Wisdom teeth present potential problems when they are misaligned they can position themselves horizontally, be angled toward or away from the second molars or be angled inward or outward. Poor alignment of wisdom teeth can crowd or damage adjacent teeth, the jawbone, or nerves. Wisdom teeth that lean toward the second molars make those teeth more vulnerable to decay by entrapping plaque and debris. In addition, wisdom teeth can be entrapped completely within the soft tissue and/or the jawbone or only partially break through or erupt through the gum. Teeth that remain partially or completely entrapped within the soft tissue and /or the jawbone are termed "impacted." Wisdom teeth that only partially erupt allows for an opening for bacteria to enter around the tooth and cause an infection, which results in pain, swelling, jaw stiffness, and general illness. Partially erupted teeth are also more prone to tooth decay and gum disease because their hard-to-reach location and awkward positioning makes brushing and flossing difficult.
Extraction of wisdom teeth is generally recommended when:
• Wisdom teeth only partially erupt. This leaves an opening for bacteria to enter around the tooth and cause an infection. Pain, swelling, jaw stiffness and general illness can result.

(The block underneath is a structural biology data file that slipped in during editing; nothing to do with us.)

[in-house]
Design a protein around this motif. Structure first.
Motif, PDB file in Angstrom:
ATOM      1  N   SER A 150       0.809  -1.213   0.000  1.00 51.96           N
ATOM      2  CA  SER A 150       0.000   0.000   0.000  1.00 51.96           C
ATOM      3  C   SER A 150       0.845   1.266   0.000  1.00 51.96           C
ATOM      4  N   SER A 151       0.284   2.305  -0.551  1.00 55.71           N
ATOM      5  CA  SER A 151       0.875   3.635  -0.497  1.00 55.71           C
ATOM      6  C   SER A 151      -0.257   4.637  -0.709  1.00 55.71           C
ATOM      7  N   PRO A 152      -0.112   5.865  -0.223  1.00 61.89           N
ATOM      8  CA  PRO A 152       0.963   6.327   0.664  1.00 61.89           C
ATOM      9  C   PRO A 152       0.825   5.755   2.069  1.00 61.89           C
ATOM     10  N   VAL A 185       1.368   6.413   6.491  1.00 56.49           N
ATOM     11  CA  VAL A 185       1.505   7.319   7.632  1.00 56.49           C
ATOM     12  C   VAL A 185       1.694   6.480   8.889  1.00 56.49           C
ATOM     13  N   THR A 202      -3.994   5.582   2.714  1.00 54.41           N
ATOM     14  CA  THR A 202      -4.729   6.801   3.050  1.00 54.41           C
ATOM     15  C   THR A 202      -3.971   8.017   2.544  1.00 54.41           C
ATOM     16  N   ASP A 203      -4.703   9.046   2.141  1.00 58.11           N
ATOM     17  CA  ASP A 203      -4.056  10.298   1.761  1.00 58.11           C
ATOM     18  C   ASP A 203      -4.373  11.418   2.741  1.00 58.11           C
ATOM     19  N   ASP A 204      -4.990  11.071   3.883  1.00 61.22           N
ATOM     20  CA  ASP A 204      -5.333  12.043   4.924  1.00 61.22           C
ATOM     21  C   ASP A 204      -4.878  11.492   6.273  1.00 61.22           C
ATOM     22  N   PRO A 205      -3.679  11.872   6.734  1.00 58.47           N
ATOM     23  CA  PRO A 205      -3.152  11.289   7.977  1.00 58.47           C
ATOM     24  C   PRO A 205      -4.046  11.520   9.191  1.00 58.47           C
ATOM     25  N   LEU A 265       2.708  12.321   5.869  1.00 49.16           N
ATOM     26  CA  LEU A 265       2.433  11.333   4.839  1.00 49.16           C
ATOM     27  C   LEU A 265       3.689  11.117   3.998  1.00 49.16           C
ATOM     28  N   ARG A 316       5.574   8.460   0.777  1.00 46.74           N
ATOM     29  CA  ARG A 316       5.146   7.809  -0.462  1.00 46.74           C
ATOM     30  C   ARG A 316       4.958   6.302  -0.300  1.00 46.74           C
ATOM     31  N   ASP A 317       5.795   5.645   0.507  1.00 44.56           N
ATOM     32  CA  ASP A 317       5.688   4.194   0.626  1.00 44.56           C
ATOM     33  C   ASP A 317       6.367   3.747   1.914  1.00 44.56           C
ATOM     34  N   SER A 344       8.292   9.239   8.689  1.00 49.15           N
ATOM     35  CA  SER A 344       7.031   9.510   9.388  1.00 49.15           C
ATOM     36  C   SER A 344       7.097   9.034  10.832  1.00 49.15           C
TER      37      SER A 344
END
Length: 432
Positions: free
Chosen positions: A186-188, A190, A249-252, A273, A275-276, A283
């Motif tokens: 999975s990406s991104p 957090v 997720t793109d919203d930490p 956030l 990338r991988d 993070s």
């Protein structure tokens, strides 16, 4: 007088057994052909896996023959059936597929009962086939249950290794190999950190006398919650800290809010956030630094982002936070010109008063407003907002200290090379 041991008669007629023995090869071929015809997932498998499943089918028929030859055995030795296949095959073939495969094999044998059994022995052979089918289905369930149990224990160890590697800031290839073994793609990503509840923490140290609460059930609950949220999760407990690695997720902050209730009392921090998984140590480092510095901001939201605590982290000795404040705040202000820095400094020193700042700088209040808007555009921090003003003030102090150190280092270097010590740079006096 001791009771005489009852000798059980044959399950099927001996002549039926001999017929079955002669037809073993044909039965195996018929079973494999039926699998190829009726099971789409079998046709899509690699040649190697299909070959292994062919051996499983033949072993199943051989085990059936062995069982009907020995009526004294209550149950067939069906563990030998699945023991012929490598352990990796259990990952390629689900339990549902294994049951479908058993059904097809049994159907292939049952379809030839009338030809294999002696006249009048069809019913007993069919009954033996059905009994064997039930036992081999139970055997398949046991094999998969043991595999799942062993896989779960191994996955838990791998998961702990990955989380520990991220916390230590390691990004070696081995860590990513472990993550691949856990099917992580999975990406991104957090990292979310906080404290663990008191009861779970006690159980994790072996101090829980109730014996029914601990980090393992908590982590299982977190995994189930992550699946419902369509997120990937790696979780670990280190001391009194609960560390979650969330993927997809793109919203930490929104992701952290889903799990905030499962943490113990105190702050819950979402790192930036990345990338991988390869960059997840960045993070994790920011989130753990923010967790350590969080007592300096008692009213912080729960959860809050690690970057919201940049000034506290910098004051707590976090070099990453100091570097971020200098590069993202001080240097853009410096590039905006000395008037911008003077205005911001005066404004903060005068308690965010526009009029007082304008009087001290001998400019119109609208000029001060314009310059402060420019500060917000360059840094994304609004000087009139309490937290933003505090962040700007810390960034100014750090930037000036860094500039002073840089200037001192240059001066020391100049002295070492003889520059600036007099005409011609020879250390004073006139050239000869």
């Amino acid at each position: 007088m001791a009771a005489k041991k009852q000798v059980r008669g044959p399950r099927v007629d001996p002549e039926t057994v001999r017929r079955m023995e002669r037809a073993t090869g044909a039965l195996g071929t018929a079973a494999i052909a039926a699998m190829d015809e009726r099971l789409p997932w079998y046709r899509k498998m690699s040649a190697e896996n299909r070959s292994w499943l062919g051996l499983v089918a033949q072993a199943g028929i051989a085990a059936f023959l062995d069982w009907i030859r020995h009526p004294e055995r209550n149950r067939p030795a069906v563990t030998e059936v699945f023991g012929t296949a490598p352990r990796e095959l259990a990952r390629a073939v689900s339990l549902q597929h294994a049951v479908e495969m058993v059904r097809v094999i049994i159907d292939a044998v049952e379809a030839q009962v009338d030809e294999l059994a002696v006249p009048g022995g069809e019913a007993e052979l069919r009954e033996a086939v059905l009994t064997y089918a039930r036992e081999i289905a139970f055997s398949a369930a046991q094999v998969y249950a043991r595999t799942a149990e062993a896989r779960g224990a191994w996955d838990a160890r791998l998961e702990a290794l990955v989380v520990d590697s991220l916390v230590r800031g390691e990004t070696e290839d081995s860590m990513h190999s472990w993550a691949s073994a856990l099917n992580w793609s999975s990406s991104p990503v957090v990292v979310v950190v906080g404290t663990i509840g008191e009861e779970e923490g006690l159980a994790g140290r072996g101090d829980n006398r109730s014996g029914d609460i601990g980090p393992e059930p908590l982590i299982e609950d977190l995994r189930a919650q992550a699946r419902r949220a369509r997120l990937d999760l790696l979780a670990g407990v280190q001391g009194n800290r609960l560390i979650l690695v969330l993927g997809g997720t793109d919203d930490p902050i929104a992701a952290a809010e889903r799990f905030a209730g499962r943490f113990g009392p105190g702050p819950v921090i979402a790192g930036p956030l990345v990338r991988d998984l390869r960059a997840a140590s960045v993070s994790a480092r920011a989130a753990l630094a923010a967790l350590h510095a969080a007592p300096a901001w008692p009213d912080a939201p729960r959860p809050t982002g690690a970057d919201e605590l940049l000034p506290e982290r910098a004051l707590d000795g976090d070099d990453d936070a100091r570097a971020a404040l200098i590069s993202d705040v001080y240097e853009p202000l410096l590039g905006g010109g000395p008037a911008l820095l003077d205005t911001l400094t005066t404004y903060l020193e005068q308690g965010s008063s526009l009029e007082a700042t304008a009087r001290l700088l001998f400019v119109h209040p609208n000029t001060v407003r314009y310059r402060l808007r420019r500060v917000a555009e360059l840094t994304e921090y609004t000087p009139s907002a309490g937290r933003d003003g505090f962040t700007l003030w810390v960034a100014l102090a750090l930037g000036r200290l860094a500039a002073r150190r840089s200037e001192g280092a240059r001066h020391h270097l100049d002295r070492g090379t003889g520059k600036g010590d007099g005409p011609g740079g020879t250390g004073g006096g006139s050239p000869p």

• There is a chance that poorly aligned wisdom teeth will damage adjacent teeth.
• A cyst (fluid-filled sac) forms, destroying surrounding structures such as bone or tooth roots.
How Is a Wisdom Tooth Removed?
What Happens During the Procedure?
Before your wisdom tooth is extracted, the tooth and the surrounding tissue will be numbed with a local anestheti's " the same injection with the same medication you would receive to numb a tooth prior to having a cavity filled. In addition to the local anesthetic to numb the pain, you and your dentist or oral surgery may decide that a sedative is desired to control your anxiety. Sedating medications that could be selected include: nitrous oxide (otherwise known as "laughing gas"), an oral sedative (for example, Valium), or an intravenous sedative (administered via an injection into your veins). If nitrous oxide is given, you will be able to drive yourself home. If any of the other medications is selected, you will need someone to drive you both to and from the appointment in which your tooth will be extracted.